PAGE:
Third we were treated to sashimi tuna, with sesame oil, sesame seeds, and more chilies. Pure fish, pure heat, pure fun.
Fourth course was a perfectly tender Calamari, stuffed with shrimp, drizzled with a Ponzu sauce and more hot peppers. While such a string of chilied dishes might seem redundant, they never did. Each had its own flavor profile and its own set of culinary references.
The fifth plate was a seafood composition: shrimp, grouper, octopus, and calamari with tree tomatoes (a common Ecuadorian vegetable), garlic, and some more peppers. While the grouper was slightly overcooked for my taste, the dish followed the piscatorial theme of the dinner. The dish was well-designed and enjoyable – and exotic with the fruity tomatoes - if not quite so imaginative as several preceding dishes.
Sixth course was prawn tempura served with a spicy mango salad. This dish, elegant, composed, spicy, represented the heart of Chef Lau’s cuisine. He draws upon Asian and Latin ingredients and flavors but with a classic sensibility. While the dish was not as dramatic as his sole sashimi with parmesan sauce, it was astonishing in its creative simplicity.
Our seventh course was aged beef tenderloin with green peppercorns served with a dill and caraway sauce and green salad. On this plate the pungency did not come from heat but from the other side of the pepper world. The beef was nicely undercooked and enriched by the depth of the source.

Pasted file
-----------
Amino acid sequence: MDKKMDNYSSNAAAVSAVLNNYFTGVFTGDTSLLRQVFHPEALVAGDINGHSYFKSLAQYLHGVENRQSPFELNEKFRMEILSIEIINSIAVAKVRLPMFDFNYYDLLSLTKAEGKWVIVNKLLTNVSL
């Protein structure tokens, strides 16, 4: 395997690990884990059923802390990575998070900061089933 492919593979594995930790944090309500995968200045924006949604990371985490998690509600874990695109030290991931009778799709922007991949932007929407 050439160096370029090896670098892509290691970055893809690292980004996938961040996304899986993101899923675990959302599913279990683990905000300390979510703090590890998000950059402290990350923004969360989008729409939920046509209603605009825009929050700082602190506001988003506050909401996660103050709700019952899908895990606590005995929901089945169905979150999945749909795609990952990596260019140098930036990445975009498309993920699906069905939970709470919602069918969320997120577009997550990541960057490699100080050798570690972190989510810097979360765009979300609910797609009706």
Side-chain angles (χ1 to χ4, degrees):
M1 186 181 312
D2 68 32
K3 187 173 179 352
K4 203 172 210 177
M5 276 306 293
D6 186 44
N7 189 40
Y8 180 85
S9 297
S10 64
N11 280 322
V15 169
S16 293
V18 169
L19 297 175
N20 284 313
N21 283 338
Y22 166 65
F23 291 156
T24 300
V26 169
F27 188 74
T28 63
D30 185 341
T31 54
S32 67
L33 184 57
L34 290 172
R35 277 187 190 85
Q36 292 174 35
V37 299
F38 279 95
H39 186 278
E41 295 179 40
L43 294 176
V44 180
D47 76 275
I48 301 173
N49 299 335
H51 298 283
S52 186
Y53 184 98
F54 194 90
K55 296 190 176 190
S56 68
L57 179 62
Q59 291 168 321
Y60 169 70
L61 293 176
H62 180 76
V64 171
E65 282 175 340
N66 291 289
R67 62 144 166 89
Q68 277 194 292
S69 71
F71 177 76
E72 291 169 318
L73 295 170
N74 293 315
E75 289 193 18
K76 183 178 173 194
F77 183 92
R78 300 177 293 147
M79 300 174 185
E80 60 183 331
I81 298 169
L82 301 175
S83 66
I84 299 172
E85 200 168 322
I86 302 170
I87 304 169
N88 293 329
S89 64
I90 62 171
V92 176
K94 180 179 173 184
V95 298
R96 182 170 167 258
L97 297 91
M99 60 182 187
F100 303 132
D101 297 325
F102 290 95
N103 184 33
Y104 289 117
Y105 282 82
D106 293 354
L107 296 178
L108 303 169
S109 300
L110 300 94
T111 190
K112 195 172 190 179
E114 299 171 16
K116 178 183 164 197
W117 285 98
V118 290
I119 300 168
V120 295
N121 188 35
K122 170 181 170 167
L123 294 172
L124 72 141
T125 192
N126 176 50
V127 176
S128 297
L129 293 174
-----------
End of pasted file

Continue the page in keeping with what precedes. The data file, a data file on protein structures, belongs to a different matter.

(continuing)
The finally entrée course was an ossobuco, served on risotto with asparagus tempura. As with the opening course, an enveloping mildness characterized this plate. While ossobuco can be heavy in the wrong hands, this small plate was surprisingly airy and well-portioned.
A lovely, light taxol (passion fruit) sorbet followed with a small fan of spun sugar as garnish.
Desserts, while successful, are less stunning (and were also slightly disappointing our second night when I was presented with a sampler of desserts, none of which was a knock-out). I enjoyed a vanilla panna cotta, served with a salad of raspberries, strawberries, and mint. I wished for a more tropical or peppery ending or one with greater surprise, but the dessert was sweet and light. My wife received a chocolate panna cotta with berries, served on a cinnamon crumble. Nice indeed, but without revealing the pastry chef’s magic art.
Not each dish is equally stunning, but dinner at Zazu was a revelation: a wise, generous and zippy Latin cuisine with Asian and European influences. Chef Lau is an important chef in Ecuador and in the global culinary world. With a wave of tourists soon descending on Quito for the 150th anniversary of The Origin of Species, hopefully Chef Lau and Zazu will receive their due. This most fit restaurant deserves to survive and prosper.